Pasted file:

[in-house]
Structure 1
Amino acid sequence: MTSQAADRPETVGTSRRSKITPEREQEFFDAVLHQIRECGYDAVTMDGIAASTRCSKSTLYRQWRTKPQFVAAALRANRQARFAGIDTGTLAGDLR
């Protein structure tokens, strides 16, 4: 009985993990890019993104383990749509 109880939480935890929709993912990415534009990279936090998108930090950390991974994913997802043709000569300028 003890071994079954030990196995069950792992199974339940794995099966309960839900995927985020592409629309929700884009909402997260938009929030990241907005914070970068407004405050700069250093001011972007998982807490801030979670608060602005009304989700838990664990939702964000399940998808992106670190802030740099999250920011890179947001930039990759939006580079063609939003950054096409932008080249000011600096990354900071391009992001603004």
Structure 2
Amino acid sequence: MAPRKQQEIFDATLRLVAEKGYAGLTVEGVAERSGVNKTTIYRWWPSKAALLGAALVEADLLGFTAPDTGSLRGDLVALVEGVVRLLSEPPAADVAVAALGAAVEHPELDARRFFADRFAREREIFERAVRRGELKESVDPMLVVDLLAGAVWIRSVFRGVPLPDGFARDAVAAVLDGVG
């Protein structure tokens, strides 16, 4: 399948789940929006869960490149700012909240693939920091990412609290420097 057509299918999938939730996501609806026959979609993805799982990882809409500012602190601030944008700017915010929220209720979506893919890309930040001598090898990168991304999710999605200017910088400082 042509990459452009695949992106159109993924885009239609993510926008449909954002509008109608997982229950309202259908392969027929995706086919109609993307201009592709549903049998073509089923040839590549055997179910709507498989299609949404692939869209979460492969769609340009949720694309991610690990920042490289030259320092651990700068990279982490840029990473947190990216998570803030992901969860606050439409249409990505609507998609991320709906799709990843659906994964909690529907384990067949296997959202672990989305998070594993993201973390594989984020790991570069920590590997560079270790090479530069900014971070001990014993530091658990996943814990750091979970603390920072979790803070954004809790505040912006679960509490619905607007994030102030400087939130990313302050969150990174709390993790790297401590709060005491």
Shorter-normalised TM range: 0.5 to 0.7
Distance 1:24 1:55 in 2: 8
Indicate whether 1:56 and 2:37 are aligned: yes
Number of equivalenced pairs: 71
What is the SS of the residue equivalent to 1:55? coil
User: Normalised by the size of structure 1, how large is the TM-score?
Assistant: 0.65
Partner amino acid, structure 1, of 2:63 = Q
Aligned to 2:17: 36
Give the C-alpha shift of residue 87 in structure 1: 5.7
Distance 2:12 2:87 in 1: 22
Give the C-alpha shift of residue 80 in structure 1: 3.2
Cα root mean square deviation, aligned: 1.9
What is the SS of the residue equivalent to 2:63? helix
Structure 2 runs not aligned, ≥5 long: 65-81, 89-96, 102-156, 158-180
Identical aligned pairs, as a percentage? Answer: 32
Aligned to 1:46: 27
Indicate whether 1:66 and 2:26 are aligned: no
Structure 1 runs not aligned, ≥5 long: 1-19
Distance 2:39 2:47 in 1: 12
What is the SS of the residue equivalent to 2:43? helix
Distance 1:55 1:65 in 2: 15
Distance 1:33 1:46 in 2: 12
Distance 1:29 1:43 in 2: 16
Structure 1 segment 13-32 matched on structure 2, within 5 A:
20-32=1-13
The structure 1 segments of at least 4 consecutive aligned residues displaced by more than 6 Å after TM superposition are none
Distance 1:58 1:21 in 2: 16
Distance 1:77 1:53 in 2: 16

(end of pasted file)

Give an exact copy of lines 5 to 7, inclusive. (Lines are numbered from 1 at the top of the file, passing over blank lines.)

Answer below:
Structure 2
Amino acid sequence: MAPRKQQEIFDATLRLVAEKGYAGLTVEGVAERSGVNKTTIYRWWPSKAALLGAALVEADLLGFTAPDTGSLRGDLVALVEGVVRLLSEPPAADVAVAALGAAVEHPELDARRFFADRFAREREIFERAVRRGELKESVDPMLVVDLLAGAVWIRSVFRGVPLPDGFARDAVAAVLDGVG
């Protein structure tokens, strides 16, 4: 399948789940929006869960490149700012909240693939920091990412609290420097 057509299918999938939730996501609806026959979609993805799982990882809409500012602190601030944008700017915010929220209720979506893919890309930040001598090898990168991304999710999605200017910088400082 042509990459452009695949992106159109993924885009239609993510926008449909954002509008109608997982229950309202259908392969027929995706086919109609993307201009592709549903049998073509089923040839590549055997179910709507498989299609949404692939869209979460492969769609340009949720694309991610690990920042490289030259320092651990700068990279982490840029990473947190990216998570803030992901969860606050439409249409990505609507998609991320709906799709990843659906994964909690529907384990067949296997959202672990989305998070594993993201973390594989984020790991570069920590590997560079270790090479530069900014971070001990014993530091658990996943814990750091979970603390920072979790803070954004809790505040912006679960509490619905607007994030102030400087939130990313302050969150990174709390993790790297401590709060005491």